Google's Project Tango is focused on allowing smartphones to 'see the way we see'. That means adding the ability to understand the environment and your relation to it with a little help from Intel's RealSense 3D camera. This will allow handheld devices to be used in a variety of new ways, i.e. for measuring rooms, augmented reality gaming, and mapping interior environments.

Project Tango concept

Google's Johnny Lee took time during I/O 2016 to demonstrate various Tango-related research projects that were underway. This included video of ultra-precise indoor navigation in use, complete with a waypoint overlay on the phone's display, which looks a bit like a modern first person shooter game. The difference is that the waypoints lead to an important appointment rather than a target.

Also shown off was the technology's potential to map large buildings in 3D from the outside, and a demo which showed how Project Tango could detect and remove moving objects from a captured 3D image.

There was also talk of how Project Tango could support space robotics, enabling operators to accurately track the position and movements of their robots from thousands of miles away.

Xiaomi's new 4K Android TV box

Somewhat overshadowed by the launch of Google Home, Google also announced some new hardware partners for Android TV and Google Cast. Among them is Beijing-based firm Xiaomi, which has been making huge gains in the Chinese smartphone market with its affordable yet powerful devices. Now, the company is launching a new version of its Mi Box – a set top box that will run Android TV and come with full 4K support.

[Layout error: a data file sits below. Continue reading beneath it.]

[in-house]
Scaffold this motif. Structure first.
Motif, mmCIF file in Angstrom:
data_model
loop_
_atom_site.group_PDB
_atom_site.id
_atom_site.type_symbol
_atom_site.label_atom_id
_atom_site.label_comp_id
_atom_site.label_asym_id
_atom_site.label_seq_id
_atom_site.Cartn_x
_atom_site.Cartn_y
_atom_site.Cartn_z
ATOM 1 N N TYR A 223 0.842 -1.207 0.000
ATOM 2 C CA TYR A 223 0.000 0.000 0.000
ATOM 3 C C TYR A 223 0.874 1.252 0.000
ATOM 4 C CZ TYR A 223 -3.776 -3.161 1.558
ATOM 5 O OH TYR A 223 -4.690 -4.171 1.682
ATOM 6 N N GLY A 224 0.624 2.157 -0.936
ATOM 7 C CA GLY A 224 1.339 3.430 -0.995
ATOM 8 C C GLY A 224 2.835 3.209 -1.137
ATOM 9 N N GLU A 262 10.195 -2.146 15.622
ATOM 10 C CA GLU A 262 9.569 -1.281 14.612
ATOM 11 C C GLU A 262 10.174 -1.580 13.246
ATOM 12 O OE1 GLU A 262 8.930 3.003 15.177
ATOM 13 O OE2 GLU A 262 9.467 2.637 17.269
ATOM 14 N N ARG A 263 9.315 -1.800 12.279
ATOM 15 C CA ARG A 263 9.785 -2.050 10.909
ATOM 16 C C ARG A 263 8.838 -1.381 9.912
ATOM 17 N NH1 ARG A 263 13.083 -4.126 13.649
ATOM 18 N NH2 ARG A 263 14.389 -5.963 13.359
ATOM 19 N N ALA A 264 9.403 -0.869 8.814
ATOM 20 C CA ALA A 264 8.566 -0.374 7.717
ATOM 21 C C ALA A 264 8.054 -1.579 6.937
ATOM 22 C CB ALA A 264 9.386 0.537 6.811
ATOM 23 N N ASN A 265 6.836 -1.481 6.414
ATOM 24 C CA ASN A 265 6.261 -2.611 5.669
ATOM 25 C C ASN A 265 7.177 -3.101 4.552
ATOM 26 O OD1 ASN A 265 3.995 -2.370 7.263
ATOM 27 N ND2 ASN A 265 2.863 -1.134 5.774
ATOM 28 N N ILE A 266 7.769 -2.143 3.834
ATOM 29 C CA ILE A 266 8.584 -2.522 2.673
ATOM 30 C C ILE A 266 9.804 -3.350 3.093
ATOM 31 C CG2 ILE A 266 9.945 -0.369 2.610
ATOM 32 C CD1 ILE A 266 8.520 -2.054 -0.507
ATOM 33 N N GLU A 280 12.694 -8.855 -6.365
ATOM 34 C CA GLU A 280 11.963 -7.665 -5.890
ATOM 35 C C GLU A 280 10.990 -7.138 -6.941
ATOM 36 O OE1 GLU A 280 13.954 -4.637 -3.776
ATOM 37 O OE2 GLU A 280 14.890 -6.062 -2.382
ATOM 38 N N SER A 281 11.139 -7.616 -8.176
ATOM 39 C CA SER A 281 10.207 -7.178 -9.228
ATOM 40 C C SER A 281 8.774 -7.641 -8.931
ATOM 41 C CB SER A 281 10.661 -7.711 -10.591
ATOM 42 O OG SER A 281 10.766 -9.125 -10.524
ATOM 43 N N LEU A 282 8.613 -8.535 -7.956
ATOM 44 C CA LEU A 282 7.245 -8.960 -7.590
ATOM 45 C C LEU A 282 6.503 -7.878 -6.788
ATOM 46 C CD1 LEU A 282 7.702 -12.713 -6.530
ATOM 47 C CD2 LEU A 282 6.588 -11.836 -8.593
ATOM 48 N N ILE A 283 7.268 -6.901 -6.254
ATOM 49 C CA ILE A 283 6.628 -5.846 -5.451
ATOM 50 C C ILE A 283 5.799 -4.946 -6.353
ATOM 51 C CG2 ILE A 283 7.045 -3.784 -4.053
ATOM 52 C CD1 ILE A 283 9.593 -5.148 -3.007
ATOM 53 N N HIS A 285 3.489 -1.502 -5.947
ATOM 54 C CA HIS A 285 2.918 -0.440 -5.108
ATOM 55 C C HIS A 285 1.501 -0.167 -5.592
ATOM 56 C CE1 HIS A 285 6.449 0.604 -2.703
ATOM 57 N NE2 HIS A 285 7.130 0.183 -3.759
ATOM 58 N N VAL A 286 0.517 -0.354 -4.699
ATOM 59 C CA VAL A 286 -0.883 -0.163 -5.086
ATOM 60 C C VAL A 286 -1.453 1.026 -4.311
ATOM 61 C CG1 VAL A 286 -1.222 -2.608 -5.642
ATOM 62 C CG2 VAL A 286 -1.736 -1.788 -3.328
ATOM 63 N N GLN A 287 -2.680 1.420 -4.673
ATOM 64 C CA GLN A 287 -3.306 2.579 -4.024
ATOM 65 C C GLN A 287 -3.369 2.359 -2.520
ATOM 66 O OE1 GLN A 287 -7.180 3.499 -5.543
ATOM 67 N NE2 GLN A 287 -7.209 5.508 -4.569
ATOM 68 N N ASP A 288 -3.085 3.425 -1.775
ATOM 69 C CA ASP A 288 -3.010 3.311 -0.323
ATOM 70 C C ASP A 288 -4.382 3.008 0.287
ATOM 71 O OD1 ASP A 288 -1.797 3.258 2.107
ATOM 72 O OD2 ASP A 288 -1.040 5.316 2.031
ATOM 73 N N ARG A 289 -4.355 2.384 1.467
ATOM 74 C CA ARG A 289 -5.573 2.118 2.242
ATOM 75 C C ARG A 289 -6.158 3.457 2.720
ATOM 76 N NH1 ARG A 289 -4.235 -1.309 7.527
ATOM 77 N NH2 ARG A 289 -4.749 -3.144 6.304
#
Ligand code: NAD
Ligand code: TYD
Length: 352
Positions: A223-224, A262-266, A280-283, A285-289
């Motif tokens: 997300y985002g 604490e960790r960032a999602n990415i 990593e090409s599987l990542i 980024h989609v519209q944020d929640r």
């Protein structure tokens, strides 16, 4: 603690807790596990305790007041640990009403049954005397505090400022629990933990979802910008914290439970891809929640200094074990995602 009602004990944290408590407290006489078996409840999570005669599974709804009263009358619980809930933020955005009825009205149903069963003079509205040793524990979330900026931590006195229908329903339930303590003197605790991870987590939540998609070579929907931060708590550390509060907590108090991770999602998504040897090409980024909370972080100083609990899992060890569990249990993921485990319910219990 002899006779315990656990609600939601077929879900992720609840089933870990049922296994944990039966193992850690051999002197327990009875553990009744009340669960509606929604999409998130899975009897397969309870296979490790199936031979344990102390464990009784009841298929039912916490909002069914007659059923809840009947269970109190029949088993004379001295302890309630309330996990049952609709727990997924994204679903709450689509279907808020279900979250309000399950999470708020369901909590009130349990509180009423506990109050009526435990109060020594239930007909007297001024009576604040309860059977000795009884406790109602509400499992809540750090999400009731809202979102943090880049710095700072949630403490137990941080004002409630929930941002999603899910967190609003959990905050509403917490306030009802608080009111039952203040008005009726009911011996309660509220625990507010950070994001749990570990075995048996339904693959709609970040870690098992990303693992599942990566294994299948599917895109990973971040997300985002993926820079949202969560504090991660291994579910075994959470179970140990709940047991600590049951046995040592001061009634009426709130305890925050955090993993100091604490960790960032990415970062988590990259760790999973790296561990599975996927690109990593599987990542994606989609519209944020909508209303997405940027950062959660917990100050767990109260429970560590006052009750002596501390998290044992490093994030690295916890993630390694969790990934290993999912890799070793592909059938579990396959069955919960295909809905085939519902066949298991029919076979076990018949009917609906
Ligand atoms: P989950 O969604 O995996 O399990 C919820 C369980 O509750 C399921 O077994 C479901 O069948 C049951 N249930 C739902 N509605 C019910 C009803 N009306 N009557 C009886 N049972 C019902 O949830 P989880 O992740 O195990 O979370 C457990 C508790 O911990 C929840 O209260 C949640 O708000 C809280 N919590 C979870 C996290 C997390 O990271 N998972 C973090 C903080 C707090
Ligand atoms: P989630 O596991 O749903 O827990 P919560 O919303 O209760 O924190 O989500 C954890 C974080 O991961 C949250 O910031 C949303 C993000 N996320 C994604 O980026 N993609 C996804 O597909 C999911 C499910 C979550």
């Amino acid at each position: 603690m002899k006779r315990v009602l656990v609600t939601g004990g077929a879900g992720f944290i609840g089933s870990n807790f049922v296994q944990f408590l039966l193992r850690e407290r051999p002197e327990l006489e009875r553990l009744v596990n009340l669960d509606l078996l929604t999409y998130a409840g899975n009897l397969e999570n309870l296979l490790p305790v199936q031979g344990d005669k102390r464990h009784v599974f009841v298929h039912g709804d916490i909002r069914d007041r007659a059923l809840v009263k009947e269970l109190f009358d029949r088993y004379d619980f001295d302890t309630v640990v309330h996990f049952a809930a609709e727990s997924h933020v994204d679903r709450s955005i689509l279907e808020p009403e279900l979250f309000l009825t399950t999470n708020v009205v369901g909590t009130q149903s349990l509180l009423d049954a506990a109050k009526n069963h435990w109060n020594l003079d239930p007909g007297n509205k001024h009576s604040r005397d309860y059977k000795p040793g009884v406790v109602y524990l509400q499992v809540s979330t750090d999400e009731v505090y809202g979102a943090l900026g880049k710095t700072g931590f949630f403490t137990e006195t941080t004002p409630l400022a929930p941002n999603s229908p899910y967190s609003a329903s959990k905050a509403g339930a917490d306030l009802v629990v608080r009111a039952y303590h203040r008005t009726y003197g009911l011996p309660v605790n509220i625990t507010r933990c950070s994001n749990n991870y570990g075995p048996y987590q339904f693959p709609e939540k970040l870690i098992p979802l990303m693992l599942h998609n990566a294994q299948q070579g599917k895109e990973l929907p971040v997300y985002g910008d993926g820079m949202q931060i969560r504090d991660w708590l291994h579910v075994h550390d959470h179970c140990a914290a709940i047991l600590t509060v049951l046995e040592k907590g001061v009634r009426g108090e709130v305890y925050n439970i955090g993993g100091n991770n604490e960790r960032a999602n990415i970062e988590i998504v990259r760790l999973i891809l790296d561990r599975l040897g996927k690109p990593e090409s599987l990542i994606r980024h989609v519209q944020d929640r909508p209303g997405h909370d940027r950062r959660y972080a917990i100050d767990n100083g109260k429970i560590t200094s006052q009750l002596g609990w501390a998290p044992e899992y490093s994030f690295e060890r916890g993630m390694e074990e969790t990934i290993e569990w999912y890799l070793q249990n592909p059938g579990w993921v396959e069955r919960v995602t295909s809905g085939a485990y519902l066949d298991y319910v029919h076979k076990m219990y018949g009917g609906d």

Related: What is Xiaomi?

Xiaomi Mi Box

The device is capable of streaming 4K video at 60 frames per second and will be available in the US "soon". That marks a significant change in Xiaomi's release strategy. Previously, the company only released versions of the device overseas.

Other features include a Bluetooth remote with voice recognition and built-in Google Cast, allowing you to stream content from iOS and Android devices.

Chrome is getting Android apps and the Play Store

This one seems as though it was originally planned to be part of the Keynote speech, but, for whatever reason, was pulled at the last minute.

Chrome

Google has now confirmed that it will be bringing Android apps to Chrome OS, after the news leaked following the opening Keynote address. That means the million plus apps from the Google Play Store will be available on the increasingly-popular Chromebook range.

The company explained some of the benefits for Chrome OS users, some of which include multitasking within a full desktop browser, easy file sharing between Chrome and Android, and compatibility with keyboard and mouse accessories, as well as touch.

Chrome OS users will also receive Android notifications on their Chromebooks.

Chrome and Android converging has been suspected for some time now, and it seems, with this news, that it's finally official. A new breed of high-end Chromebooks will apparently be available later this year, with Samsung on-board as one of the manufacturers.

And that's your lot. Check back with us over the coming days for more Google I/O updates and let us know what you think of the various announcements in the comments.